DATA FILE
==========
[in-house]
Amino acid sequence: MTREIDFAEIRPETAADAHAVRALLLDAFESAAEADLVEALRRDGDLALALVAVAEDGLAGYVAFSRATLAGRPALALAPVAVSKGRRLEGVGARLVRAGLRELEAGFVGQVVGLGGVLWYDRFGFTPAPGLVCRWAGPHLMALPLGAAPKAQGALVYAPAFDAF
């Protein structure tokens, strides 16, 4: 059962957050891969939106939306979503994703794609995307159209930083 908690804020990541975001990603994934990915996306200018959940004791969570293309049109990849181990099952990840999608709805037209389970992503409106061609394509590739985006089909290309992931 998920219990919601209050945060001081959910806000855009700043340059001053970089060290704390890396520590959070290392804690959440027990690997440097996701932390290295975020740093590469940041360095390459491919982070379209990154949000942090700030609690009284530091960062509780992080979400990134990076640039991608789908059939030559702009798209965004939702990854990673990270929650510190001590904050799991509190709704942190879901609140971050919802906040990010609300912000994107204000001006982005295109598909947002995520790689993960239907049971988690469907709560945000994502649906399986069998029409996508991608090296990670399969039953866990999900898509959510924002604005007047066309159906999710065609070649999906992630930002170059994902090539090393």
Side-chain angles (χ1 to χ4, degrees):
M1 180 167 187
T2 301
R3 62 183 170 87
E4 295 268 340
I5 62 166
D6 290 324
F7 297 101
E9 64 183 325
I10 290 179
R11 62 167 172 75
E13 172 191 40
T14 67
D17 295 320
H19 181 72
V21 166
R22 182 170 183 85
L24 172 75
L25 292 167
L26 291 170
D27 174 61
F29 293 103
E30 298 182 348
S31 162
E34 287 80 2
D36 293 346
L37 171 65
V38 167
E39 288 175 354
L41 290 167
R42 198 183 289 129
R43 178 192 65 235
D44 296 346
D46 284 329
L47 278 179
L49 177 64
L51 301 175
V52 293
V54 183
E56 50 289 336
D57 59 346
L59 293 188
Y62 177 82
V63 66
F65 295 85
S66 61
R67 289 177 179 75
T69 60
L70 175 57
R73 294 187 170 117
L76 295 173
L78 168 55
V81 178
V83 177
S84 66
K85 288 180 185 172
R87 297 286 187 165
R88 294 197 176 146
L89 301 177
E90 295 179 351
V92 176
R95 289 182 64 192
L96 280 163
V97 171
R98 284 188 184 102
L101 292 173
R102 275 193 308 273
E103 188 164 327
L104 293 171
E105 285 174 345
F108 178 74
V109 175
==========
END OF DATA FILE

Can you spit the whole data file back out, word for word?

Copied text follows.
[in-house]
Amino acid sequence: MTREIDFAEIRPETAADAHAVRALLLDAFESAAEADLVEALRRDGDLALALVAVAEDGLAGYVAFSRATLAGRPALALAPVAVSKGRRLEGVGARLVRAGLRELEAGFVGQVVGLGGVLWYDRFGFTPAPGLVCRWAGPHLMALPLGAAPKAQGALVYAPAFDAF
């Protein structure tokens, strides 16, 4: 059962957050891969939106939306979503994703794609995307159209930083 908690804020990541975001990603994934990915996306200018959940004791969570293309049109990849181990099952990840999608709805037209389970992503409106061609394509590739985006089909290309992931 998920219990919601209050945060001081959910806000855009700043340059001053970089060290704390890396520590959070290392804690959440027990690997440097996701932390290295975020740093590469940041360095390459491919982070379209990154949000942090700030609690009284530091960062509780992080979400990134990076640039991608789908059939030559702009798209965004939702990854990673990270929650510190001590904050799991509190709704942190879901609140971050919802906040990010609300912000994107204000001006982005295109598909947002995520790689993960239907049971988690469907709560945000994502649906399986069998029409996508991608090296990670399969039953866990999900898509959510924002604005007047066309159906999710065609070649999906992630930002170059994902090539090393």
Side-chain angles (χ1 to χ4, degrees):
M1 180 167 187
T2 301
R3 62 183 170 87
E4 295 268 340
I5 62 166
D6 290 324
F7 297 101
E9 64 183 325
I10 290 179
R11 62 167 172 75
E13 172 191 40
T14 67
D17 295 320
H19 181 72
V21 166
R22 182 170 183 85
L24 172 75
L25 292 167
L26 291 170
D27 174 61
F29 293 103
E30 298 182 348
S31 162
E34 287 80 2
D36 293 346
L37 171 65
V38 167
E39 288 175 354
L41 290 167
R42 198 183 289 129
R43 178 192 65 235
D44 296 346
D46 284 329
L47 278 179
L49 177 64
L51 301 175
V52 293
V54 183
E56 50 289 336
D57 59 346
L59 293 188
Y62 177 82
V63 66
F65 295 85
S66 61
R67 289 177 179 75
T69 60
L70 175 57
R73 294 187 170 117
L76 295 173
L78 168 55
V81 178
V83 177
S84 66
K85 288 180 185 172
R87 297 286 187 165
R88 294 197 176 146
L89 301 177
E90 295 179 351
V92 176
R95 289 182 64 192
L96 280 163
V97 171
R98 284 188 184 102
L101 292 173
R102 275 193 308 273
E103 188 164 327
L104 293 171
E105 285 174 345
F108 178 74
V109 175